This is clearly totally exclusive as far as other faiths go. It means you cannot be saved by keeping the 613 commandments of the Torah or the 5 pillars of Islam or the eight fold path of Buddhism or any other belief. If you could be saved by these paths then the cross becomes an act of folly on the part of Jesus and an act of sadism on the part of the Father.

In the garden of Gethsemane just before he went to the cross, Jesus prayed ‘O my Father, if it is possible, let this cup pass from me; nevertheless not as I will, but as you will’ (Matthew 26.39). The cup he was referring to was the cup of suffering he was about to drink – the physical agony of the scourging and the crucifixion, the public humiliation of being executed as a criminal and above all the torment of having the sins of the world placed upon him and being separated from the Father for the only moment in all eternity, as he cried out ‘My God, my God, why hast thou forsaken me?’ (Matthew 27.46, Psalm 22.18).

If it was possible to be saved by following any other faith, why did not the Father intervene and save Jesus from the cross, as he had the power to do (Matthew 27.53)? Only through the sacrifice of one who was without sin could those who are sinners be saved, for without the shedding of blood there is no remission (of sin) (Hebrews 9.22).

On the day of judgement there will be those who will be excluded from entering into heaven: ‘But there shall by no means enter it anything that defiles or causes an abomination or a lie, but only those who are written in the Lambs book of life.’ (Revelation 21.27). To have our names written in the book of life we must be born again through repenting of our sin and believing that Jesus is the Saviour, the one mediator between God and humanity.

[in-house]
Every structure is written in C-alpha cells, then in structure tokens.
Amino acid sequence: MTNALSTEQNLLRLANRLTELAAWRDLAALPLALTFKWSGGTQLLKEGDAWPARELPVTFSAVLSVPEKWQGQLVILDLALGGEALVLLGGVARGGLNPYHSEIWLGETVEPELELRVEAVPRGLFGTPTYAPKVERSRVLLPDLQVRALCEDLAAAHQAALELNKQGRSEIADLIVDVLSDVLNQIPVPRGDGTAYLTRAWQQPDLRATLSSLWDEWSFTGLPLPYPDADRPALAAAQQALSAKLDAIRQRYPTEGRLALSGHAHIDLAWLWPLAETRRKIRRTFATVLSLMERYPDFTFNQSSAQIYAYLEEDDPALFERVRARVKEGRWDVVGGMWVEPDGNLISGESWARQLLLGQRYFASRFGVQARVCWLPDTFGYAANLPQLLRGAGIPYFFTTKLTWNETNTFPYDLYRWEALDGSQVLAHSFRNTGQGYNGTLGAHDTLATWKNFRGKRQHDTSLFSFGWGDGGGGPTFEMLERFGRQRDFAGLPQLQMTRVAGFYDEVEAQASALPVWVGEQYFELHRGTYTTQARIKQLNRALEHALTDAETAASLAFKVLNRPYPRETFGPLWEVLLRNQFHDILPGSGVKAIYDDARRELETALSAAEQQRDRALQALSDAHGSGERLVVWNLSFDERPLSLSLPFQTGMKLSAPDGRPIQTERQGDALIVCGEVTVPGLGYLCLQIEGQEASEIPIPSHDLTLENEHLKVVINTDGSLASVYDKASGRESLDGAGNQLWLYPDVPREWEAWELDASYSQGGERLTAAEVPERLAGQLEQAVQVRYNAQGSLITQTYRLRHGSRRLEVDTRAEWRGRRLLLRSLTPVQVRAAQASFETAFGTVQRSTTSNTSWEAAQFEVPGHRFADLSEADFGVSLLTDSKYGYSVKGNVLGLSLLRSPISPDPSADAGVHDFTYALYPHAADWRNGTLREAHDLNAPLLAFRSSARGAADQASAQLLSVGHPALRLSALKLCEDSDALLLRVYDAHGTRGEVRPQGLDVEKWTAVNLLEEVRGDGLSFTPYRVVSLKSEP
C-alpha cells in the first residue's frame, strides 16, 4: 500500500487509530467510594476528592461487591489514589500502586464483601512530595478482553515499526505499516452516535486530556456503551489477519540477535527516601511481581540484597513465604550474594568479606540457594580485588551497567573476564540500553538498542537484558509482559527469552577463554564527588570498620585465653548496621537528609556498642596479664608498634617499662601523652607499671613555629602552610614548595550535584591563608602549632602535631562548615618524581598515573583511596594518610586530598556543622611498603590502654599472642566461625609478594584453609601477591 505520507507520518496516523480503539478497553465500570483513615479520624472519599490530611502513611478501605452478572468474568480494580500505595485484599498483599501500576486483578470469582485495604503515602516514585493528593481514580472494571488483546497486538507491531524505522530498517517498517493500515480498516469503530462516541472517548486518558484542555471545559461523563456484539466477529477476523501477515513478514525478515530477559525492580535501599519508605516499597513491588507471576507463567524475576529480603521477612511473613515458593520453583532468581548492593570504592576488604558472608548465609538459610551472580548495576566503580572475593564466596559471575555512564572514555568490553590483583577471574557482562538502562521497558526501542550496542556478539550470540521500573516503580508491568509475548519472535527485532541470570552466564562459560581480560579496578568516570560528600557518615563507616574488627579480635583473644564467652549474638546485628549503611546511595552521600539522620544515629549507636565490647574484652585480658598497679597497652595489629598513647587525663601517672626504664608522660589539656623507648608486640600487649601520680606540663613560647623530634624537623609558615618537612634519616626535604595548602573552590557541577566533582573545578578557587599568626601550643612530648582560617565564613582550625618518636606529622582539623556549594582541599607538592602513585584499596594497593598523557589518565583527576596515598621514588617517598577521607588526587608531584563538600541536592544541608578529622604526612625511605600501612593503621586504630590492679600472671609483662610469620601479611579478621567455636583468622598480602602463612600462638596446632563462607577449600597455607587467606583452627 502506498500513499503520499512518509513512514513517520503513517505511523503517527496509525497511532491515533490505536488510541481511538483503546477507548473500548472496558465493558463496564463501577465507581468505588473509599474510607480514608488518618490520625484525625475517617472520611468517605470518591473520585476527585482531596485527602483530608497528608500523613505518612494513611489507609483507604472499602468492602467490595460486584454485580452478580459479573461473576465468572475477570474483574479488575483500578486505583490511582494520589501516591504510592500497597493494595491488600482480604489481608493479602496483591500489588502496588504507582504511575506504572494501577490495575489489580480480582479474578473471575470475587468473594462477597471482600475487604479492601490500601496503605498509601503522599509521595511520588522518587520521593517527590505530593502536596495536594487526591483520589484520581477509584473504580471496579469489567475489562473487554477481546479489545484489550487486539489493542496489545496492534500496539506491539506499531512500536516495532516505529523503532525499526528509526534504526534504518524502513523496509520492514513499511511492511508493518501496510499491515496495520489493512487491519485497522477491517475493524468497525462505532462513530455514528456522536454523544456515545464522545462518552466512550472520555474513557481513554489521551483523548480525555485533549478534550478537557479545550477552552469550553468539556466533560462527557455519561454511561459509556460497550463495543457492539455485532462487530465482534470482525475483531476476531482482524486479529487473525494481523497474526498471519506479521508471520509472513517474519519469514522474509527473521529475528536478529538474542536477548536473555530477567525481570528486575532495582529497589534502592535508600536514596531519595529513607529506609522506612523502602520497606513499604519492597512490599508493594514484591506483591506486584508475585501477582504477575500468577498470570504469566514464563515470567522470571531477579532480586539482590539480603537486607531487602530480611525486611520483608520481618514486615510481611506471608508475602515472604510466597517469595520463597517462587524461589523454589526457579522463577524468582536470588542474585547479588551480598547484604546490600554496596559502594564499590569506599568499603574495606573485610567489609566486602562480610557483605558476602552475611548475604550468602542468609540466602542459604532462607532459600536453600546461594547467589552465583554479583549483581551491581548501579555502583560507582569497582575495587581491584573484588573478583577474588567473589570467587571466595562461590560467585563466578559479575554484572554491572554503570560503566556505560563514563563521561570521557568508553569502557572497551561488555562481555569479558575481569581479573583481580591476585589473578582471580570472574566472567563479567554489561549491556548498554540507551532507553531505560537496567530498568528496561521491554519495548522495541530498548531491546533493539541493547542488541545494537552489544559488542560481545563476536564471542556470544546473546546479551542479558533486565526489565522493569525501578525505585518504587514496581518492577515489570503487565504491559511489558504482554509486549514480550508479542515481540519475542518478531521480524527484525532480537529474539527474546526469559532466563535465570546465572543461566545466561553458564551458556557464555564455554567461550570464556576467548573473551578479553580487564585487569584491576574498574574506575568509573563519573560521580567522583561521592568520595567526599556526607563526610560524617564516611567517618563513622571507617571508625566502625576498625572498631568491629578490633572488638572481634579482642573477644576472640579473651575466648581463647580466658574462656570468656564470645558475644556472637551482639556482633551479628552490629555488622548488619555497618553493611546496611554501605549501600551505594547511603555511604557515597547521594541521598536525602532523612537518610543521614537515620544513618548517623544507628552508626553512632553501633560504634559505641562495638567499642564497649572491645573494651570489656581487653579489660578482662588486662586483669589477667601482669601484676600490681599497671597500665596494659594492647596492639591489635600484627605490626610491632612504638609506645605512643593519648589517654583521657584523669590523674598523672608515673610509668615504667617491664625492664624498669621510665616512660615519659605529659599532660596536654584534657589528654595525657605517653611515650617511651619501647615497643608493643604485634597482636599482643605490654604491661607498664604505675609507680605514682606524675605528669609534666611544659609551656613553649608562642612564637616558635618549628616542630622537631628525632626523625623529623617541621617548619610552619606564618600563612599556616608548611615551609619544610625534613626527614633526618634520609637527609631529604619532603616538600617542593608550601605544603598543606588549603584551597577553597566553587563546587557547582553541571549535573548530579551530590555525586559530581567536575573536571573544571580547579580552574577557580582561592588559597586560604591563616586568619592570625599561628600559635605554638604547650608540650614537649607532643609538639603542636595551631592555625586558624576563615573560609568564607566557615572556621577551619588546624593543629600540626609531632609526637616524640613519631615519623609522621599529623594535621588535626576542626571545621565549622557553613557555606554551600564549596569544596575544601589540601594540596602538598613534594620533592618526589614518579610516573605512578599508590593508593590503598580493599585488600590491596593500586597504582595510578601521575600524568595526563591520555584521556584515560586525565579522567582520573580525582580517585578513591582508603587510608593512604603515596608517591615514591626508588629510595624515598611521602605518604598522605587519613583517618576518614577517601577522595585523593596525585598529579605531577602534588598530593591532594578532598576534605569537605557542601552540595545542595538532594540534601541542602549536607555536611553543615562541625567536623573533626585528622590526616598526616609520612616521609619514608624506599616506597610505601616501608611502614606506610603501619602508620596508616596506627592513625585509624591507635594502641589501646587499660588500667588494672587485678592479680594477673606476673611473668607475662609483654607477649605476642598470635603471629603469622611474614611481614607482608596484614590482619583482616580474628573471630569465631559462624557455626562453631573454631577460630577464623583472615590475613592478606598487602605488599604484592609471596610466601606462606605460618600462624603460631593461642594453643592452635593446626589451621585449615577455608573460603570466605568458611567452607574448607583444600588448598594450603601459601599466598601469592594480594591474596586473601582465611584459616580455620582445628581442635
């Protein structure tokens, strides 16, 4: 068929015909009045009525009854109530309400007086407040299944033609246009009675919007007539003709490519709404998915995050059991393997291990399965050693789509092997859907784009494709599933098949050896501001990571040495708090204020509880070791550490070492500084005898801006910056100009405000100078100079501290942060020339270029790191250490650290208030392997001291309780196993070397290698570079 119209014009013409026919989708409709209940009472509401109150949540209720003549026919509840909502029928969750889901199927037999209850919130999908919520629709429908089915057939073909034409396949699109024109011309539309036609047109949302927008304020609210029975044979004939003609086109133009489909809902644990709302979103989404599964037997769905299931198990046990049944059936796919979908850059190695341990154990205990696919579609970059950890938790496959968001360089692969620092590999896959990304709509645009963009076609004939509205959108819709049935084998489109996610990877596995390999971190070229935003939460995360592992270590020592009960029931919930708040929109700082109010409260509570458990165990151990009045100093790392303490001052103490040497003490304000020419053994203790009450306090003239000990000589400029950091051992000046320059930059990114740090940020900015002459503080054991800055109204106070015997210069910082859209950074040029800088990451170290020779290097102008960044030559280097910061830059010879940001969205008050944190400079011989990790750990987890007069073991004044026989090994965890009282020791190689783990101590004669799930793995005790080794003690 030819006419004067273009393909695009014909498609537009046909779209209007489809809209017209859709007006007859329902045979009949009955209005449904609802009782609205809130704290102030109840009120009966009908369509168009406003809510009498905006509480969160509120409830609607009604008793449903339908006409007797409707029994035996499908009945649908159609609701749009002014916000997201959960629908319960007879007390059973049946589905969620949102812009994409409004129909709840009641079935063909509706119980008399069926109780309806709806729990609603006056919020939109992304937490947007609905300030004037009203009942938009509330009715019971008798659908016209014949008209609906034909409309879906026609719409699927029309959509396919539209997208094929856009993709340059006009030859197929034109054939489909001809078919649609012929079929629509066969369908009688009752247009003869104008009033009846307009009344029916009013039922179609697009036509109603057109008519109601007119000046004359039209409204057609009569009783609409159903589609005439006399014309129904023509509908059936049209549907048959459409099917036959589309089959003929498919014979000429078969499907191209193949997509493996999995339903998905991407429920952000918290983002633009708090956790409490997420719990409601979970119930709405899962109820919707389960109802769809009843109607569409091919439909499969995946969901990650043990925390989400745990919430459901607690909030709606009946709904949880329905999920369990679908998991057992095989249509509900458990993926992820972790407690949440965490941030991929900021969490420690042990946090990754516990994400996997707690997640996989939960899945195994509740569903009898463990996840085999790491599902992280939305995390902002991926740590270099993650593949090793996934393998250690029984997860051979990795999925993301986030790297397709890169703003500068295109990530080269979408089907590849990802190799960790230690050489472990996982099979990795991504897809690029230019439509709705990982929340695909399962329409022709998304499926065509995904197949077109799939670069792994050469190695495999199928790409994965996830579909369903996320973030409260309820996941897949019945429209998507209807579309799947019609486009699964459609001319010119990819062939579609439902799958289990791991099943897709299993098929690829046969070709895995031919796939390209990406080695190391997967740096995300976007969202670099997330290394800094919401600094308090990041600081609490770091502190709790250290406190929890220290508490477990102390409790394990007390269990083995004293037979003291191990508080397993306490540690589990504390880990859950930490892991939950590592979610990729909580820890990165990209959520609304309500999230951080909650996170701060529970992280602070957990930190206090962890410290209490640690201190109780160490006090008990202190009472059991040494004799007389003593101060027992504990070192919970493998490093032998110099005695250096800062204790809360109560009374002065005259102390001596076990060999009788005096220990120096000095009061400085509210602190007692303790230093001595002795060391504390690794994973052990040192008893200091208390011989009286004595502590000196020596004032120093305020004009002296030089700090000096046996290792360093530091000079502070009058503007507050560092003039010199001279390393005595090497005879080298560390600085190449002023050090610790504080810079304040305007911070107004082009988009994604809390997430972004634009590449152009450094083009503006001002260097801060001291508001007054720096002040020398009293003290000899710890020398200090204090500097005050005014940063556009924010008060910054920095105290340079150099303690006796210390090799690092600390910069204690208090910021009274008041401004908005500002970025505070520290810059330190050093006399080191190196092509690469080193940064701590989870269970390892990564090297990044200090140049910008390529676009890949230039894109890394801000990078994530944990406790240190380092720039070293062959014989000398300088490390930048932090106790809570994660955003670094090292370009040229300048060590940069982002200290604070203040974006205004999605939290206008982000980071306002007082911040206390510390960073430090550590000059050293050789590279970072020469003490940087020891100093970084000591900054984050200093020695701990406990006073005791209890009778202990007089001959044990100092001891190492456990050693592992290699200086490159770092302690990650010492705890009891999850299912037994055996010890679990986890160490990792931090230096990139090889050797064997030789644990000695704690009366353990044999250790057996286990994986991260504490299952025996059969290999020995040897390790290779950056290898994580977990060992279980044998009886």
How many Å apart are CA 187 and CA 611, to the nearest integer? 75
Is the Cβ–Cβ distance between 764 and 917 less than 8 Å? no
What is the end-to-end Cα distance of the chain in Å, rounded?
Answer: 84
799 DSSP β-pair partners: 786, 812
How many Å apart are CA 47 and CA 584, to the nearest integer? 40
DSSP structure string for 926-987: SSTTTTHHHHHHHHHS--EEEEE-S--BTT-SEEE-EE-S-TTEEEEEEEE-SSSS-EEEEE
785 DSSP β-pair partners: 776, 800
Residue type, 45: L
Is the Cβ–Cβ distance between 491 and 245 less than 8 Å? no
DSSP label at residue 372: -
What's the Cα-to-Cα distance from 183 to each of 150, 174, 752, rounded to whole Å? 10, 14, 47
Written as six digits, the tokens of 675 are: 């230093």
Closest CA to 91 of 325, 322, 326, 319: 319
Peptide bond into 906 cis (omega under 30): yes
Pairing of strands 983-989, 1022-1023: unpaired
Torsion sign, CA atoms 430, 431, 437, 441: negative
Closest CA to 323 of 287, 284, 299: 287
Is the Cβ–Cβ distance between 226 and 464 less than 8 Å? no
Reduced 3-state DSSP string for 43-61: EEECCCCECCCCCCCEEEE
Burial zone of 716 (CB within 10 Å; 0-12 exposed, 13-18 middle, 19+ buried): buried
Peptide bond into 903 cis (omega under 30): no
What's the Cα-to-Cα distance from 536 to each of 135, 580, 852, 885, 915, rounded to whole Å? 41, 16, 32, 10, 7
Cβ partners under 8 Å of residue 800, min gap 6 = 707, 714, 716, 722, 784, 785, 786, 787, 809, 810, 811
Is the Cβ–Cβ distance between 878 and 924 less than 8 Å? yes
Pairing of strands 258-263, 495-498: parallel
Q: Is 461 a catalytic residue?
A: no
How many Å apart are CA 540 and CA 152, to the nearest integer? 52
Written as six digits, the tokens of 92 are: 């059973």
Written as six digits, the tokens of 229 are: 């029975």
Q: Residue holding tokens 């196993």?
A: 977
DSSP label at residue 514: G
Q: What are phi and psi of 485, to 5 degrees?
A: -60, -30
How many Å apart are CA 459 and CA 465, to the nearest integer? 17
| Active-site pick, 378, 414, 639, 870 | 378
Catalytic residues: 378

Since God is both inclusive and exclusive his followers should also be both inclusive and exclusive. We are to be inclusive in that our desire is to see all people saved and therefore we are to love them and seek to bring them to faith in the Messiah. We are to be exclusive in that we do not accept any mingling of our faith in the one God and the one way of salvation through Jesus with gods that cannot save and man made philosophies of improving human behaviour. We are also to keep God’s commands and not to be influenced by the standards of the world.  Comparing the church to a boat and the world to the sea, if the boat is in the sea that is fine, but if the sea is in the boat, it is sunk.

Today the major problem for the believing church is that we are being too inclusive and allowing things into the church which should not be there – low standards of morality, counterfeit spiritual experiences and the ecumenical movement opening us up to merging with Rome and even with other faiths. On the other hand there is the danger of being too exclusive and not having a vision or desire to reach out to the lost, and of just having a bunker mentality that we will preserve our little patch until the Lord returns. A true understanding of the issues of the end times should spur us on to do all that we can to redeem the time and get the message of the Gospel out – to all people of all faiths and none.

For those who have not yet accepted Jesus as Saviour the following is a prayer of commitment: ‘Dear God, I admit that I am a sinner and need your forgiveness. I believe that Jesus the Messiah died in my place paying the penalty for my sins. I am willing right now to turn from my sin and accept Jesus the Messiah as my personal Saviour and Lord. I commit my life to you and ask you to send the Holy Spirit into my life, to fill me and to take control and to help me become the kind of person you want me to be. Thank you Father for loving me. In Jesus name, Amen.’

Tony Pearce